Catalan secessionists likely to fail again to elect new regional head

Catalan regional deputy Jordi Turull delivers his speech during his investiture session as new Catalan President at regional parliament in Barcelona, Spain, March 22, 2018.

Thomson Reuters

By Sam Edwards

BARCELONA (Reuters) - Catalan secessionist parties are likely to fail for a third time to elect a new regional head on Thursday after the far-left group CUP said it would abstain in a vote of confidence.

But if even Jordi Turull does not get enough support, the act of holding the vote - if it does take place after several false starts - begins a two month countdown on installing a new regional president or failing that a new Catalan election should be held.

The parties seeking a split from Spain decided on Wednesday night to put forward Turull, a member of the previous regional administration, for the position. The confidence vote is due to be held on Thursday night.

The abstention of CUP means Turull cannot win an absolute majority. He could still be elected in a second vote within 48 hours when only a simple majority of votes - more yes than no - is needed but it is unclear whether this will happen.

Catalonia has been in political limbo since an election called by Spain's Prime Minister Mariano Rajoy in December in an attempt to derail an independence movement. The plan backfired as parties favoring a split with Spain won the vote.

Madrid invoked special powers to take over the regional government after the Catalan administration declared independence in October. The wealthy, populous region has been ruled directly by Madrid ever since.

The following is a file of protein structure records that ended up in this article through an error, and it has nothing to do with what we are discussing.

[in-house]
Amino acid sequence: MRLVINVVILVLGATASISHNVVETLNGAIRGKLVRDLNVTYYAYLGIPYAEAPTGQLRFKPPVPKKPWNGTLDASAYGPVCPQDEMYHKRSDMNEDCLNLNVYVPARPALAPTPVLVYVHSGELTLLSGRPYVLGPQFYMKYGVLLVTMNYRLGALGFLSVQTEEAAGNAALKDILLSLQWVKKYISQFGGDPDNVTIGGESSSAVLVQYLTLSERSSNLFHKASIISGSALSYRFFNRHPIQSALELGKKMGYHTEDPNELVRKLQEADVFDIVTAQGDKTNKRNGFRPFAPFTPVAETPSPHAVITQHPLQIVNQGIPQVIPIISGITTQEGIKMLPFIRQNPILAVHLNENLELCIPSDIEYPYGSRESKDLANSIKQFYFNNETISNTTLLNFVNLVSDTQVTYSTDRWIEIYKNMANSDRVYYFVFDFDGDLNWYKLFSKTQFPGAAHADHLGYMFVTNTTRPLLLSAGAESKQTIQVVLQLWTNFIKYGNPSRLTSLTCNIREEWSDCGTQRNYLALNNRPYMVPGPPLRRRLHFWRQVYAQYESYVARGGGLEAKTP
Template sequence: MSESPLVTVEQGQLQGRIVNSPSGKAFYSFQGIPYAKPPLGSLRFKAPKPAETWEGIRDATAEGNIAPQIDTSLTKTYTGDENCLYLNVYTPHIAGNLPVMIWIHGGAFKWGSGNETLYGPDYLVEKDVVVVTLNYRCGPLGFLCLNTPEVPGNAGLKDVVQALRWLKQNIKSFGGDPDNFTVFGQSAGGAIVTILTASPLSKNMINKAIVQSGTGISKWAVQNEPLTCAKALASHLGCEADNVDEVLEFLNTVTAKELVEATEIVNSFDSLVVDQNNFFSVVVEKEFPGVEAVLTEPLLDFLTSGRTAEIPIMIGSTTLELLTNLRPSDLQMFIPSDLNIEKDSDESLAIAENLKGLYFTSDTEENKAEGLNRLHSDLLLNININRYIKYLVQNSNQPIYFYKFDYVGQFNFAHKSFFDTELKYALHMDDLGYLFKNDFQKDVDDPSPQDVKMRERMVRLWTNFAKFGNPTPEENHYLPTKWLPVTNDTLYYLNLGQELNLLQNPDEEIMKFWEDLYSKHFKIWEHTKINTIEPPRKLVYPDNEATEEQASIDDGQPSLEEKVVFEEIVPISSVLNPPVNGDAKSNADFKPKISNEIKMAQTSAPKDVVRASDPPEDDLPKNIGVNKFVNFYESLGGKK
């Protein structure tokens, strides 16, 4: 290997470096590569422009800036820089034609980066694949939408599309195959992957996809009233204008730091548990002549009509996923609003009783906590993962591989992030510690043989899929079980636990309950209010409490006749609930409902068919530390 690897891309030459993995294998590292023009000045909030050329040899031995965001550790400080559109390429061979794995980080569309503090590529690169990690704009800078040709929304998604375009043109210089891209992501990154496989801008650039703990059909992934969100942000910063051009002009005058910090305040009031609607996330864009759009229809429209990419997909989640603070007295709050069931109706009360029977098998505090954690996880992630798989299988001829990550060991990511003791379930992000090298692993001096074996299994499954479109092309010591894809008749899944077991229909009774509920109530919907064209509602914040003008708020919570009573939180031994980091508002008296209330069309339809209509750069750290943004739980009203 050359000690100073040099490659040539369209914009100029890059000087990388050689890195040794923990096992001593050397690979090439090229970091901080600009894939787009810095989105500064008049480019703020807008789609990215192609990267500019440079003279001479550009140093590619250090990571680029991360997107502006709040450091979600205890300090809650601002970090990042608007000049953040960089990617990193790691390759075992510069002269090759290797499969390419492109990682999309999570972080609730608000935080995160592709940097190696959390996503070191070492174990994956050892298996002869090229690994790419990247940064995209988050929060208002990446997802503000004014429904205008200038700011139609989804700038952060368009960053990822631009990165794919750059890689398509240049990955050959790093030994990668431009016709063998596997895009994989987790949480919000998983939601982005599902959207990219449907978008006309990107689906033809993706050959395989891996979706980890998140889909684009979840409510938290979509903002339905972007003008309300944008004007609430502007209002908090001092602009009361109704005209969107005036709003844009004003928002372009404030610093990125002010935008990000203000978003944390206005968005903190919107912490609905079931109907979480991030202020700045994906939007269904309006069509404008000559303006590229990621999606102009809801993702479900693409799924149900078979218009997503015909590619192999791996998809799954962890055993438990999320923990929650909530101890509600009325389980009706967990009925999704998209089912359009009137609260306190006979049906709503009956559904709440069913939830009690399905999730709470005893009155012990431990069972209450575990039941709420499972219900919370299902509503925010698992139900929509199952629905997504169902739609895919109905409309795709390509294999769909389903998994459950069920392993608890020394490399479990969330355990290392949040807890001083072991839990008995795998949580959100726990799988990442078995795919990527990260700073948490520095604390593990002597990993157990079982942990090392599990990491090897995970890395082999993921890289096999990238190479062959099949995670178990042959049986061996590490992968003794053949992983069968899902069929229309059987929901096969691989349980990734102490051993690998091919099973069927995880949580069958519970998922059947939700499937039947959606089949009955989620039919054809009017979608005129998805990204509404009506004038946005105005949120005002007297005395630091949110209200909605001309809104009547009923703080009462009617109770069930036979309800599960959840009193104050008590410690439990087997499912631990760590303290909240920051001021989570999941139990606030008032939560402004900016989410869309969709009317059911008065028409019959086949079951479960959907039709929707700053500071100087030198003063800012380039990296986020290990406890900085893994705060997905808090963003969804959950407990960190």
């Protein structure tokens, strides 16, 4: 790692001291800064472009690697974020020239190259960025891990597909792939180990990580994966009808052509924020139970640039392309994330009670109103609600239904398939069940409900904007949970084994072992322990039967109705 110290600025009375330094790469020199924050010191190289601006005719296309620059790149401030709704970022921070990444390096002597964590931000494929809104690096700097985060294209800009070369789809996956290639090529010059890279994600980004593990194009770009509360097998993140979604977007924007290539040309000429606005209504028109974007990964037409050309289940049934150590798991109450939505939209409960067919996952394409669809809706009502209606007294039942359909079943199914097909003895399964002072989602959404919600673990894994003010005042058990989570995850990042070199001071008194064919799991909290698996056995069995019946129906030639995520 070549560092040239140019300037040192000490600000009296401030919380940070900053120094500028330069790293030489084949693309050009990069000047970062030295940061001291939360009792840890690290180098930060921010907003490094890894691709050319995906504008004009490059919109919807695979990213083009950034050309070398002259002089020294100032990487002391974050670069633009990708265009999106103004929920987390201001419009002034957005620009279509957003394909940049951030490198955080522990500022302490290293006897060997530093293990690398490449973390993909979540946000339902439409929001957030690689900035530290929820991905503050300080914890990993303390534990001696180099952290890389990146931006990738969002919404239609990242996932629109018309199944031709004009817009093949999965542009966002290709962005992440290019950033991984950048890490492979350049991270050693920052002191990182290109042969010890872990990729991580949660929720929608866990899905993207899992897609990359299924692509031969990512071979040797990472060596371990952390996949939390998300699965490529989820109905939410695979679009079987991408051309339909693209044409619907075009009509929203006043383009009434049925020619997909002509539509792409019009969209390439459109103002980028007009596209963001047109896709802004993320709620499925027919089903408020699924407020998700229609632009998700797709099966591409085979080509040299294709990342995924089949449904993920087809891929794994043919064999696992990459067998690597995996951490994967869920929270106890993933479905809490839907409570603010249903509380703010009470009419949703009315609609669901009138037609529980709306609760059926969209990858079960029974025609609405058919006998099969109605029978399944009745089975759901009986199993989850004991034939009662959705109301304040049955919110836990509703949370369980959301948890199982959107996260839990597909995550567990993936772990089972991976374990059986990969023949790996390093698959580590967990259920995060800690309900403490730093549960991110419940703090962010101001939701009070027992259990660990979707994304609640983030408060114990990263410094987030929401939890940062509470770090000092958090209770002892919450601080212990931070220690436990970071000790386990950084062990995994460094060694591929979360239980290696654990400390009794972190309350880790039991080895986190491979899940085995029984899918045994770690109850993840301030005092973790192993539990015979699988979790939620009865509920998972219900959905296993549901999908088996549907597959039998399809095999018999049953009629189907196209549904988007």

Turull was briefly held in custody on charges of rebellion and sedition after his involvement in the independence push in October. He was released on bail after accepting the central government's control over the region but still faces the prospect of a trial.

He and other secessionist leaders are due to appear before the Supreme Court on Friday morning for the opening of a new phase in the investigation which leads to a trial.

The judge could declare him ineligible or even send him back to jail if he concludes that there is enough early evidence that he committed those crimes.

The central government has also made it clear it would stop any candidate who has taken part to the secessionist drive from taking office.

Former regional head Carles Puigdemont, who is in self-imposed exile in Brussels, and Jordi Sanchez, a leader of a prominent grassroots group who is in jail over his role in the illegal campaign to split from Spain, have both withdrawn their bids because they could not attend a swearing-in session.


(Writing by Julien Toyer; Editing by Alison Williams)

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